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Meek Mill is an artist that you never know what you're going to receive when you listen to him. His fifth album, "Expensive Pain," was launched on October 1 and is a wonderful illustration of that concept. The titular song, "Expensive Pain", tries to maintain an appeal but the remainder of the album is dragged down by terribly uninspired lyrics and rhythms.
Let's dig in more to find out how Meek failed to impress his fans.
Everything about the album sounds disorganized and extremely turbulent for the rapper, from the release, to the rushed delivery, and the poor sequencing. The thoughtful lyrics are still evident on his fifth studio album, Expensive Pain, but the issue is with the production that submerges the sensitivity and sentimental aim of his tale.
Meek Mill is known for his piercing introductions - his 2012 underdog ballad 'Dreams And Nightmares' is regarded as one of rap's finest milestones – but the first track on his new album falls short.
'Hate on Me' seems like a throwaway track than a classic opening. Meek's usage of unneeded backing tracks on his voice kills the song's delicacy.
The title "Expensive Pain" foreshadows the album's themes but is eclipsed by a few disappointing and monotonous lines. The album contains powerful beats; however, the majority of the tracks don't stick with fans.
Mill has some odd lines, such as "You know I be hangin' wit' Jews / Get money wit' Russians, I'm makin' my moves," while continuing the very same beat into another song, "Outside (100 MPH)." Both tracks are nearly six minutes of Mill ranting with no meaningful chorus.
Although most rappers today use autotune, Mill has mostly avoided utilizing it until now, when he uses it in the songs "On My Soul" and "Love Money."
While Mill is probably using it to convey more intensity and focus on specific phrases, it seems more like a terrible imitation of a rapper Lil Baby.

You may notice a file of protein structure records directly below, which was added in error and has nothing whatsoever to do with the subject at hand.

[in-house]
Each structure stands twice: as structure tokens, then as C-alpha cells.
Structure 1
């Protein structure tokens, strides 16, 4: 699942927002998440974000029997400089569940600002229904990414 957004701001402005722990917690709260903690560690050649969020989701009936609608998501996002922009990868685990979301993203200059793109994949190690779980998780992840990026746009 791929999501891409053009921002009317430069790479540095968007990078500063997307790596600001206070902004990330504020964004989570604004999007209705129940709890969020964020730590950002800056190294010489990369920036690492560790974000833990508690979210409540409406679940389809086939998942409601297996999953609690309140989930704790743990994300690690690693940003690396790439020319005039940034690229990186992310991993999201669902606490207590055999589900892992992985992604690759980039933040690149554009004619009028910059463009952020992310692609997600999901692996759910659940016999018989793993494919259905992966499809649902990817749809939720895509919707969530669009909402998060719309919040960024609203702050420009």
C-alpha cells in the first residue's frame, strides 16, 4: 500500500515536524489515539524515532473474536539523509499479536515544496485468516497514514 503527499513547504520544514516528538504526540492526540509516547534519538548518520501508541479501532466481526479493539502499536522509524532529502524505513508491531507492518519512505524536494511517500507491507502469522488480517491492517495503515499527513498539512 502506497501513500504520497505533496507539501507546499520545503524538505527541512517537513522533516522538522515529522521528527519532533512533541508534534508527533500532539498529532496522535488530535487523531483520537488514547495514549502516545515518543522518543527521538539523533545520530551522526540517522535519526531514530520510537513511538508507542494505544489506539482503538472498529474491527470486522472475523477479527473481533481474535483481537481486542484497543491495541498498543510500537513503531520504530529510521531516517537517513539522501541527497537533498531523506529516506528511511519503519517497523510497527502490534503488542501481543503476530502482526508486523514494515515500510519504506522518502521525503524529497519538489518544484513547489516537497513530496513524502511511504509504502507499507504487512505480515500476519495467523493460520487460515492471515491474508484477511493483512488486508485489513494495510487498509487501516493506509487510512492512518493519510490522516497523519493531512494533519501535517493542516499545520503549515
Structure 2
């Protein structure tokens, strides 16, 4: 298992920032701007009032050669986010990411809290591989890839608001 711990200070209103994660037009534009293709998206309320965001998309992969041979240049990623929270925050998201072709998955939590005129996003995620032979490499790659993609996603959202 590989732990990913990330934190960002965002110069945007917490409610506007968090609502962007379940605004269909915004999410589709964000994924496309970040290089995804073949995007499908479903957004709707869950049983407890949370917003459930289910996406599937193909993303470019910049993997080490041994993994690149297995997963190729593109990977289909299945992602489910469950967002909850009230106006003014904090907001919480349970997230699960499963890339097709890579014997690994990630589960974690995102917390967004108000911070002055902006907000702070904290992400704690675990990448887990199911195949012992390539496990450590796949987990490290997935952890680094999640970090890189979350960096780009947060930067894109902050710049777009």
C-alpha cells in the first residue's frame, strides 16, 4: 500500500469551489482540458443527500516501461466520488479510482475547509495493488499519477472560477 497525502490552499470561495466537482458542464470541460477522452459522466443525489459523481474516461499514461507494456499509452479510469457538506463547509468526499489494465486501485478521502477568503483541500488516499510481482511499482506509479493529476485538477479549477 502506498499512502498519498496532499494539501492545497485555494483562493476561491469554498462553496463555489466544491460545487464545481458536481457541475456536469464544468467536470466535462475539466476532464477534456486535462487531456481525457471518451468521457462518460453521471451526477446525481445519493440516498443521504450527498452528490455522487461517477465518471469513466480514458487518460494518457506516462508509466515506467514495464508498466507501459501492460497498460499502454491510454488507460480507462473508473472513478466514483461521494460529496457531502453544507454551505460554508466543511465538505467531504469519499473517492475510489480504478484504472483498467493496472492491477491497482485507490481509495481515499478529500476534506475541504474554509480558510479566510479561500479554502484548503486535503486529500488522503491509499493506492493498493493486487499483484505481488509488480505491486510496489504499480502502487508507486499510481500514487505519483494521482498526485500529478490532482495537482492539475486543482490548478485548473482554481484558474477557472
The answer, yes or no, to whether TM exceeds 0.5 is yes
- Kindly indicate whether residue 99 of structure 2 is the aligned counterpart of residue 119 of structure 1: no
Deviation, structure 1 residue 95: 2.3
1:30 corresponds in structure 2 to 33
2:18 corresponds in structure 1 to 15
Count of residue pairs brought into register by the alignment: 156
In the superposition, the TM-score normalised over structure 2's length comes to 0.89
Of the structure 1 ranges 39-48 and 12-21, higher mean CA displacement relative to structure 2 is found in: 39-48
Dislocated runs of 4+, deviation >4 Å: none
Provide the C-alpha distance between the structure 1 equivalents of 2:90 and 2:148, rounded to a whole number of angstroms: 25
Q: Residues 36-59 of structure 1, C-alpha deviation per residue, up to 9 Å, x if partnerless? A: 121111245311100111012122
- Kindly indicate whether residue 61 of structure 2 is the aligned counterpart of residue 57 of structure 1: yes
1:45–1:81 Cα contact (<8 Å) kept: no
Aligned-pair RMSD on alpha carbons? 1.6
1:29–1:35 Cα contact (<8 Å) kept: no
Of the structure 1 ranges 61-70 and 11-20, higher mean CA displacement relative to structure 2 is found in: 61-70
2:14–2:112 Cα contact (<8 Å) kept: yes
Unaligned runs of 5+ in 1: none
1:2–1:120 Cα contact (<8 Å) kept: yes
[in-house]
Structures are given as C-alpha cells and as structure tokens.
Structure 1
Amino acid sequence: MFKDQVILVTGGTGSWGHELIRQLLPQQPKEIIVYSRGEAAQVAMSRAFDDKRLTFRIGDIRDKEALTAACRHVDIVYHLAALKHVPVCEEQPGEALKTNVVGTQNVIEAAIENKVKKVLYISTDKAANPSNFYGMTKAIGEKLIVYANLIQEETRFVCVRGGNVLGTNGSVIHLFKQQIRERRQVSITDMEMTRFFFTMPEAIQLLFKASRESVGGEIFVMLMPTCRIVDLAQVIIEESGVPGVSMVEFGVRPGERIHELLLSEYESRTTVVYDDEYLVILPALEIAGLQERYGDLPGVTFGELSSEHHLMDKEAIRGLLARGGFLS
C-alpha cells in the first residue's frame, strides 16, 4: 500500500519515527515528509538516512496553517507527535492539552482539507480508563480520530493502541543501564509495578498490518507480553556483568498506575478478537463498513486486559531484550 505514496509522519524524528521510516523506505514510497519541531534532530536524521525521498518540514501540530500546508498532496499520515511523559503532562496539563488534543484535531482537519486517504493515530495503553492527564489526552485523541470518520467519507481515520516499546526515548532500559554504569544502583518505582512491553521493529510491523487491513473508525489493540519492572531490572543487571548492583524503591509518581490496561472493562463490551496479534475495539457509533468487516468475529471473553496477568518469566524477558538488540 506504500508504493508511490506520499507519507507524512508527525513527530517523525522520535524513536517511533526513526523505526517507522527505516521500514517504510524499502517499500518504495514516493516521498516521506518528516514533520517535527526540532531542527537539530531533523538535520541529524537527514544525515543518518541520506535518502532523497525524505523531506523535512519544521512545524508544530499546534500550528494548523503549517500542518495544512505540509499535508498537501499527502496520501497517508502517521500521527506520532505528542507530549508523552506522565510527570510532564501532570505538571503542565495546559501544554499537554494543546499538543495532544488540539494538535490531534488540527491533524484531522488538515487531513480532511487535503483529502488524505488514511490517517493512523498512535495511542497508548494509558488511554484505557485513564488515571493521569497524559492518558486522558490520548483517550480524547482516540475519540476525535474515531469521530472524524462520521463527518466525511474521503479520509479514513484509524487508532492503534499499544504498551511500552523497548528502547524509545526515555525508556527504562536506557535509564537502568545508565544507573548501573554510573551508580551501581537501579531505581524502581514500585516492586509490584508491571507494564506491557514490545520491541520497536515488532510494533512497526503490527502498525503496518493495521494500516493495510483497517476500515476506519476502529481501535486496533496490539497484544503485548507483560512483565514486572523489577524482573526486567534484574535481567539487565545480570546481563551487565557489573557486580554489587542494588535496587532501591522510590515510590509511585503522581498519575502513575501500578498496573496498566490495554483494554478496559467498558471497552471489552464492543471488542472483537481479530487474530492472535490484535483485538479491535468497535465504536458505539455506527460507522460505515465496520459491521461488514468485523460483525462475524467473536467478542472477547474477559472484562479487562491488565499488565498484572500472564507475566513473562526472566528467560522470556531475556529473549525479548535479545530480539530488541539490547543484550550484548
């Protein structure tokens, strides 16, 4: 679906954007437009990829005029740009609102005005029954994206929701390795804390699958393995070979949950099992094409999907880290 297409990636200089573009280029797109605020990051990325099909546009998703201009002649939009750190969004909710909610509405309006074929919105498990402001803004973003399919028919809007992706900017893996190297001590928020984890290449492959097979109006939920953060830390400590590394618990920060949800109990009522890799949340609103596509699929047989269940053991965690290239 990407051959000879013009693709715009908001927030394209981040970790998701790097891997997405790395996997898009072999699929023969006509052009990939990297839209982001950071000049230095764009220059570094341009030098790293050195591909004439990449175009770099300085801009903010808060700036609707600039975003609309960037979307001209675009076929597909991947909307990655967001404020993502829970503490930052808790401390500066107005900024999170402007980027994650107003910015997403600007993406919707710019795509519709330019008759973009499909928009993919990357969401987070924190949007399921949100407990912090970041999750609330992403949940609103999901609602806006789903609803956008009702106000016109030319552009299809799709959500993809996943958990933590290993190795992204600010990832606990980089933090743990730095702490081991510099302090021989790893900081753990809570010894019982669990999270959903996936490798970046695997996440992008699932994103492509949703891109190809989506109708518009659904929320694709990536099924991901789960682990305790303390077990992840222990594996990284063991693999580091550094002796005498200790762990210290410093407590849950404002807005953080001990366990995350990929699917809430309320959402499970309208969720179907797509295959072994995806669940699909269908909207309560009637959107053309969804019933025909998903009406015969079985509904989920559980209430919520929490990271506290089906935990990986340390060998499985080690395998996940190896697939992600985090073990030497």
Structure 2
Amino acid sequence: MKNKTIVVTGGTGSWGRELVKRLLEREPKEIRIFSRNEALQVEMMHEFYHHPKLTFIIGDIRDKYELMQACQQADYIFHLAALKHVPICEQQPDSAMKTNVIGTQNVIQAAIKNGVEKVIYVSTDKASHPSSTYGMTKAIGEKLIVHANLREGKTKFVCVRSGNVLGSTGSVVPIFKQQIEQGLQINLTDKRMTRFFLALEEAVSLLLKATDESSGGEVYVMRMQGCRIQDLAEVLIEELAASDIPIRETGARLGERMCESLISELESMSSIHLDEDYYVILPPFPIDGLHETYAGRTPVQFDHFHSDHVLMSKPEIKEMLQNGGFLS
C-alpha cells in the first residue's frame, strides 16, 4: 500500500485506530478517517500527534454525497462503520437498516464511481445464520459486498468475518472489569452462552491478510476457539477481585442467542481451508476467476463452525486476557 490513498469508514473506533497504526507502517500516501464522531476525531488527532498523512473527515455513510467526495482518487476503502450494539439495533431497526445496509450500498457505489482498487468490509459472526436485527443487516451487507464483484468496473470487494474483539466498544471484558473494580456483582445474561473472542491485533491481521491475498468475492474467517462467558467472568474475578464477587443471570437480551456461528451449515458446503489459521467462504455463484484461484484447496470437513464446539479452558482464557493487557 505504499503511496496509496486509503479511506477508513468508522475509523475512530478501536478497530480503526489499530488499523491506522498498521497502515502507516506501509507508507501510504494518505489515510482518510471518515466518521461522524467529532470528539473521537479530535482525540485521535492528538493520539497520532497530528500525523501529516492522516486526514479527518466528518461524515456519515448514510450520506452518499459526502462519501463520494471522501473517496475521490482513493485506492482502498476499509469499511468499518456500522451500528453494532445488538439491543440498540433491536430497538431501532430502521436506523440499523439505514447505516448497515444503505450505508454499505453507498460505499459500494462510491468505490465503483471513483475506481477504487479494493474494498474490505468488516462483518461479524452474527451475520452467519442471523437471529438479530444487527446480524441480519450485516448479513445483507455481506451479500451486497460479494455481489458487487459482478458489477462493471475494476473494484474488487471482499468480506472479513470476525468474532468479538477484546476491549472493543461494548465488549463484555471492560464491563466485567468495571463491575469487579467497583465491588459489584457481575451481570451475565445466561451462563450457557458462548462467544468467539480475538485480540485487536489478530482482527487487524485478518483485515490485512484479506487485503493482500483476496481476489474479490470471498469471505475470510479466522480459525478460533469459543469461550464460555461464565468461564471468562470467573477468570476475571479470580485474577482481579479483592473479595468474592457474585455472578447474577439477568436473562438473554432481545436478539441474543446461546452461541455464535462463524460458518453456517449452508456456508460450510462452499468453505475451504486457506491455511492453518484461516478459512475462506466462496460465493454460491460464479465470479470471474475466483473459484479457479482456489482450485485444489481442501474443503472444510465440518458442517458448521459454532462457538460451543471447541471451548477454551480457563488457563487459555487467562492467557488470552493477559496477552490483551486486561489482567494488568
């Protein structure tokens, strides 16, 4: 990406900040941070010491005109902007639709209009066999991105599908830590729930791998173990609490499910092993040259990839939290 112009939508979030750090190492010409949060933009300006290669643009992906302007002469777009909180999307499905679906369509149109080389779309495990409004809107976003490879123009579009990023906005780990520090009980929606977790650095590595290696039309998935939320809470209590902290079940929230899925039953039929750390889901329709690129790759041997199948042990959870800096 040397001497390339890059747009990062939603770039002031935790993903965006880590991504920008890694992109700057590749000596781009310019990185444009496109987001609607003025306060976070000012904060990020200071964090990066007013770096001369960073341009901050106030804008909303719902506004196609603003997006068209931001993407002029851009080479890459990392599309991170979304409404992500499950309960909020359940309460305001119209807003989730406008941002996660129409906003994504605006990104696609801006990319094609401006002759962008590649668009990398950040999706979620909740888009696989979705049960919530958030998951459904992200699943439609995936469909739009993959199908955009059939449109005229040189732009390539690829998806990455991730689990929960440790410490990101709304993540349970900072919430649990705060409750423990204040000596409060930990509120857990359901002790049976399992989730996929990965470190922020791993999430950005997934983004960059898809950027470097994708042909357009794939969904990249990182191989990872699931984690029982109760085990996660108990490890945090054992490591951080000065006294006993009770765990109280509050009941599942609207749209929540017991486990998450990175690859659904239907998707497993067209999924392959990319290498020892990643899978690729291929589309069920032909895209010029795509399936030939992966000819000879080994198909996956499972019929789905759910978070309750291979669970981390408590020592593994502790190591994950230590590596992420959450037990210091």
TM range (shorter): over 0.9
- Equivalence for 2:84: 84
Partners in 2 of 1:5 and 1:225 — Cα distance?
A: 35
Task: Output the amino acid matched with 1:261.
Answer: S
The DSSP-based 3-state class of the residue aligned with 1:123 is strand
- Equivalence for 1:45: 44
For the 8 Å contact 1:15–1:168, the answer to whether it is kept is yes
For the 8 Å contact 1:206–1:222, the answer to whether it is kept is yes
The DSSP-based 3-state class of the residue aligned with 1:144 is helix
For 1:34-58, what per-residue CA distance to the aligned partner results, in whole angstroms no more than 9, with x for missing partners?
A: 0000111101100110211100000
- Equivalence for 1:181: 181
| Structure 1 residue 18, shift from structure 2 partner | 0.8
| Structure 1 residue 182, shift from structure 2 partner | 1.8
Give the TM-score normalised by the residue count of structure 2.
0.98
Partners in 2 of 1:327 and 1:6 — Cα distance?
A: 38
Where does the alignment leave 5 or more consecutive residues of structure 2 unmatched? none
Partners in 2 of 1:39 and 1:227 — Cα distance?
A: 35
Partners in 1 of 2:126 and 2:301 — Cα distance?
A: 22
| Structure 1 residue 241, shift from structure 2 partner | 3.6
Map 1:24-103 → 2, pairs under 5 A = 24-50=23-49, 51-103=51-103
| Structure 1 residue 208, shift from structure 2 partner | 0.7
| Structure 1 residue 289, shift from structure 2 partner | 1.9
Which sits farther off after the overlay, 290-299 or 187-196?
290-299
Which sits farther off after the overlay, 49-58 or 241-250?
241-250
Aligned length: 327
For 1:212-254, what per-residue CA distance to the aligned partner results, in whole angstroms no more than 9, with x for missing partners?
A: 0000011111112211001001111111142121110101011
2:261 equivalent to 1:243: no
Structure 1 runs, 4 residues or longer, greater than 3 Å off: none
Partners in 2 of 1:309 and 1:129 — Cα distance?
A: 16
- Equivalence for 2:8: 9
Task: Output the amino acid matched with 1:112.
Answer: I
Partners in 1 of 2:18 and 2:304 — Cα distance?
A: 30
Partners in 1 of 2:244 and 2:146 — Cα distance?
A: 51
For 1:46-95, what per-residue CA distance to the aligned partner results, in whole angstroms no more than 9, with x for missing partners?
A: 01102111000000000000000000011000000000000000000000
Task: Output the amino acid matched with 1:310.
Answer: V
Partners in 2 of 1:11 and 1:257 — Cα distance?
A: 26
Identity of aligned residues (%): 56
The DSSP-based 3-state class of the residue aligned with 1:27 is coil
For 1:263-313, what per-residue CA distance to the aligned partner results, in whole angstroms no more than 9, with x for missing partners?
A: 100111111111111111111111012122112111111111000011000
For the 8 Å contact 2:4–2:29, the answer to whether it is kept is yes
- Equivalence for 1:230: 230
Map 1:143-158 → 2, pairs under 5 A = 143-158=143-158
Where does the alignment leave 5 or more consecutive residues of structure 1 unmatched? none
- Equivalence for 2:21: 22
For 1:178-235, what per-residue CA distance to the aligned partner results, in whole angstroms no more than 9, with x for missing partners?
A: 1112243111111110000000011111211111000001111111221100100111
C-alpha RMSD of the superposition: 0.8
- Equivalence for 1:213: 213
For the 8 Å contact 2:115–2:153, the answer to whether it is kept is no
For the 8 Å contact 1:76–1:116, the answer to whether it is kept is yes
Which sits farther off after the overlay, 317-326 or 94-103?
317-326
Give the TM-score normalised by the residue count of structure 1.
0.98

Meek's beats on Expensive Pain's, are mostly uninteresting and certainly fall flat.However, in the beat on "Blue Notes 2" - one of the album's most upbeat tracks, there are some high notes that you will enjoy.
Another track, 'Hot,' with a blend of techno sounds and Mill's fast delivery of vocals, immediately grabs your attention.
The chorus of a variety of voices in the back of "Sharing Locations" saves an otherwise dull track and effectively conveys each phrase.
The album's guest appearances are a bit hit or miss. On "Ride for You," Kehlani's soothing voice takes center stage, while Mill tries to maintain the same level of enthusiasm. Even though Mill does not offer her a verse, Kehlani's chorus is the highlight of the song, which feels like a Meek Mill appearance on a Kehlani song than the other way around.
Expensive Pain fills the majority of its work with uninspired lyrics and unfinished events that, if taken even further, might have given the record an insightful picture of Mill's path through the prison life and criminal justice system.
Mill might have resurfaced to the music industry after a break from recording, but his album "Expensive Pain" isn't what we were hoping in his come back.
If you want to know more about Merek Mill album reviews, check out SpoiledCabbage.com.
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